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Director: Martina Gentzsch, Ph.D.
Co-Director: Wanda O’Neal, Ph.D.

The Pre-Clinical Core
The Cystic Fibrosis Molecular/Functional Measurement Core is designed to provide services to analyze the efficacy of treatments that target different stages in the pathogenic sequelae of CF disease development.

To support urgently required translational Cystic Fibrosis (CF) research, the Cystic Fibrosis Molecular/Functional Measurement Core of the University of North Carolina CF Research and Translation Core Center is pursuing the following objectives:

  1. Evaluation of pre-clinical drug candidates in vitro in primary human airway and intestinal planar epithelial CF cultures by measurement of ion transport, CFTR maturation and surface expression, drug pharmacokinetics, and airway surface liquid properties.
  2. Evaluation of pre-clinical drug candidates ex vivo in organoid models (i.e. colonospheres, nasospheres, and bronchospheres) and various epithelial tissues (mouse distal colon, jejunum, gallbladder, trachea, bronchi, nasopharnyx, and human rectal biopsies). Services provided are quantitative organoid swelling assays, functional assessment of ion transport in tissues, and biochemical assessment of CFTR rescue in organoids and tissues.
  3. Evaluation of pre-clinical drug candidates in vivo in relevant mouse models of CF and other lung diseases using a variety of assays to determine the efficacy of therapeutic treatments on ion transport defects, CFTR processing, defective mucus clearance, chronic infection, and inflammation. Services provided in this objective include mouse maintenance and distribution, pharmacological treatments, pharmacokinetic analyses, and phenotyping including collection of bronchoalveolar lavage, measurements of soluble mediators, airway mucus burden and clearance, nasal potential difference, salivary secretion rates, histopathology, morphometry, microbiology, and technologically advanced airway imaging.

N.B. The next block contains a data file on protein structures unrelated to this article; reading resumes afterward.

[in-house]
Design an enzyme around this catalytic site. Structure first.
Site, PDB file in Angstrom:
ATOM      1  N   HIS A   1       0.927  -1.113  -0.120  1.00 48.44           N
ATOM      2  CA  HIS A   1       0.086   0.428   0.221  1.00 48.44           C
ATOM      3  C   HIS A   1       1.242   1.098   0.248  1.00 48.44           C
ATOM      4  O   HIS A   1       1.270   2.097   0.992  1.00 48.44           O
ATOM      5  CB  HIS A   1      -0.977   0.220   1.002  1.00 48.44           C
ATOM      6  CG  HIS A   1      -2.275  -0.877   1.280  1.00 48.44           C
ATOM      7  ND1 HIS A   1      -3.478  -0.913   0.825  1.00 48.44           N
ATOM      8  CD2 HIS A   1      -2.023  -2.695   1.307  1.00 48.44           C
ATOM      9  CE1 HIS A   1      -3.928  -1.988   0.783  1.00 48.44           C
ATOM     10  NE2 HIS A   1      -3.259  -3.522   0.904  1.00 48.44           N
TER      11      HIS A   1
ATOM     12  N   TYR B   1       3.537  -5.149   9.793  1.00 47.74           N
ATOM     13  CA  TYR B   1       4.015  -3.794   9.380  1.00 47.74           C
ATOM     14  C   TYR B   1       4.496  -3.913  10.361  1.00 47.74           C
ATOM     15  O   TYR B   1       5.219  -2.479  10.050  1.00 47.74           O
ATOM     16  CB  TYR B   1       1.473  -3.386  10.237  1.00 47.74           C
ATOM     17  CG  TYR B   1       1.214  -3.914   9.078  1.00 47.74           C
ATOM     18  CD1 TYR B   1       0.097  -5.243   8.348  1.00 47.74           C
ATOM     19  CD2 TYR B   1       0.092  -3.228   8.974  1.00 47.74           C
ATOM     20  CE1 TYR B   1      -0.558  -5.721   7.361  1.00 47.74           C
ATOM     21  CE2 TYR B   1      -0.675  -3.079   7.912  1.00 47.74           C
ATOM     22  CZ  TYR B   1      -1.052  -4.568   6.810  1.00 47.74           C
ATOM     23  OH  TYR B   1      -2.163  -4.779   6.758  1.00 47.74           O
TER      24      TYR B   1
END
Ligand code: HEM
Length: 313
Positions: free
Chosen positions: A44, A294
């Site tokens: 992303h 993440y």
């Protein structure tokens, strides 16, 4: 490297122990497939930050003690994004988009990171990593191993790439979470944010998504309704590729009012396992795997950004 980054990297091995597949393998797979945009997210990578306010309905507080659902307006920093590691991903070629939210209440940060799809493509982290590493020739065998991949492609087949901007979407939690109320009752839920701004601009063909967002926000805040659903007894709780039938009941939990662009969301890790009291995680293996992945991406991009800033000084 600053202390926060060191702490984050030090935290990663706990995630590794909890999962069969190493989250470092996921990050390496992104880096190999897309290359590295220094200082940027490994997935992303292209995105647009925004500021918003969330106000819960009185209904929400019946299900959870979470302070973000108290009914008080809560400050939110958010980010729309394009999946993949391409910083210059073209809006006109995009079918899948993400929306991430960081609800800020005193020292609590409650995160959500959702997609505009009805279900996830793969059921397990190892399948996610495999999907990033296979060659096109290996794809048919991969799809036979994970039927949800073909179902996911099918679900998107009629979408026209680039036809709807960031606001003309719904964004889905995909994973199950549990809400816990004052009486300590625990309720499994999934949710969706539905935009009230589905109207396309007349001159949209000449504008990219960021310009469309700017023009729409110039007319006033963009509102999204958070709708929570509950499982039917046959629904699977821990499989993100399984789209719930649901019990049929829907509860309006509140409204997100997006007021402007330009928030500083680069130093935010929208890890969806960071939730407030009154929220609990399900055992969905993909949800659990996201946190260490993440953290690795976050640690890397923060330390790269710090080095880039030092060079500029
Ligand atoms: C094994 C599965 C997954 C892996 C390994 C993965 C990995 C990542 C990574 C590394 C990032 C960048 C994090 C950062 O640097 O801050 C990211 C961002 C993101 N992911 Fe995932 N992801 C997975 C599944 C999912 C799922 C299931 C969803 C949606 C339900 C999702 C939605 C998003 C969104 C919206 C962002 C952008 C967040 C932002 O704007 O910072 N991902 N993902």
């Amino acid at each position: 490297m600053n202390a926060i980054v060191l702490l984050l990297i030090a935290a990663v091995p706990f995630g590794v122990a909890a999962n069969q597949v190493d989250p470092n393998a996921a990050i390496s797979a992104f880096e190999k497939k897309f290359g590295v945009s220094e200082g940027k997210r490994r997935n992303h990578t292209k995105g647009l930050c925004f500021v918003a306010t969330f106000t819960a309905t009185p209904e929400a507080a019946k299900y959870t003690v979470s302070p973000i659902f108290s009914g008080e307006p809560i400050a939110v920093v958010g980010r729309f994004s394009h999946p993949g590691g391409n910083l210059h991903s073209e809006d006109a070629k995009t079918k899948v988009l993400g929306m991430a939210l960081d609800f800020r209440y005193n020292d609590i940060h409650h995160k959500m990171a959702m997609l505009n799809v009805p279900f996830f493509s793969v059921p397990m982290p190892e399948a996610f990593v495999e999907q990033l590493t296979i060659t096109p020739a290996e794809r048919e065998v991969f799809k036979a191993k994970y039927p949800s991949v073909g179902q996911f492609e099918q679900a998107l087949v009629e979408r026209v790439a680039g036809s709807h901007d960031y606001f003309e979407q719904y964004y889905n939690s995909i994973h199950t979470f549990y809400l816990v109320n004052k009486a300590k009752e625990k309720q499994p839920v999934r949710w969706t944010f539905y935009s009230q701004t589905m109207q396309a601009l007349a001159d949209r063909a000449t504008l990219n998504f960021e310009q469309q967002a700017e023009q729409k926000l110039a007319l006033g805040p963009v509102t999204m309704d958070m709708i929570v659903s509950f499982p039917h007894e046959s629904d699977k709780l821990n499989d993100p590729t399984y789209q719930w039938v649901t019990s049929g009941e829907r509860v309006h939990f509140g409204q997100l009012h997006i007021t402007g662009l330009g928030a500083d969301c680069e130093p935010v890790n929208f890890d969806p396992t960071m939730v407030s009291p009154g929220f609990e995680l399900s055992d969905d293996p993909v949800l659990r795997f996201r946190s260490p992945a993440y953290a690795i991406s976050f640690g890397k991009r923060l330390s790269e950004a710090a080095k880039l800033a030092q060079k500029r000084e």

Correction and Potentiation of CFTR.
Correction and Potentiation of CFTR. A. Correctors promote transfer of mutant CFTR from the ER to the apical membrane, whereas potentiators enhance activity of apical CFTR. B. Trafficking defect of ∆F508. Confocal immunofluorescence of apical wild-type and intracellular-retained ∆F508 CFTR (green) expressed as a virally introduced epitope-tagged variant in primary HBE cells. Cilia are stained in red and nuclei in blue. C. Processing defect of ∆F508 CFTR. Western blot of wild-type CFTR and ∆F508 detected in primary normal and CF (∆F508/∆F508) HBE cells.

While certain assays and models provided by the Core focus on restoration of CFTR function in CF, most of our services have broad applications to multiple research programs seeking therapeutic benefit for CF. These include approaches that utilize small-molecule pharmacological interventions, gene therapy, correction of airway surface liquid hydration and mucus clearance defects, normalization of ion transport, and inflammation/infection control.

The availability of models and assays by the Cystic Fibrosis Molecular/Functional Measurement Core will provide a translational bridge that will support the rapid transfer of emerging drug candidates from the research laboratory to therapies for CF patients.

Cystic Fibrosis Molecular/Functional Measurement Core key investigators:

Martina Gentzsch, Ph.D.
Wanda O’Neal, Ph.D.
Alessandra Livraghi-Butrico, Ph.D.
Barbara Grubb, Ph.D.
Charles Esther, M.D., Ph.D.
Michael Chua, Ph.D.


Funded by the NIH/NIDDK (P30 DK065988)

Contact Information

Martina Gentzsch, Ph.D.
Associate Professor, Department of Cell Biology and Physiology
Director, Cystic Fibrosis Molecular/Functional Measurement Core
Director, CFTR Functional Analysis Core
Marsico Lung Institute/Cystic Fibrosis Research Center
The University of North Carolina
1121 Marsico Hall CB 7248
125 Mason Farm Road
Chapel Hill, NC 27599
Phone: (919) 966-7058
Fax: (919) 966-5178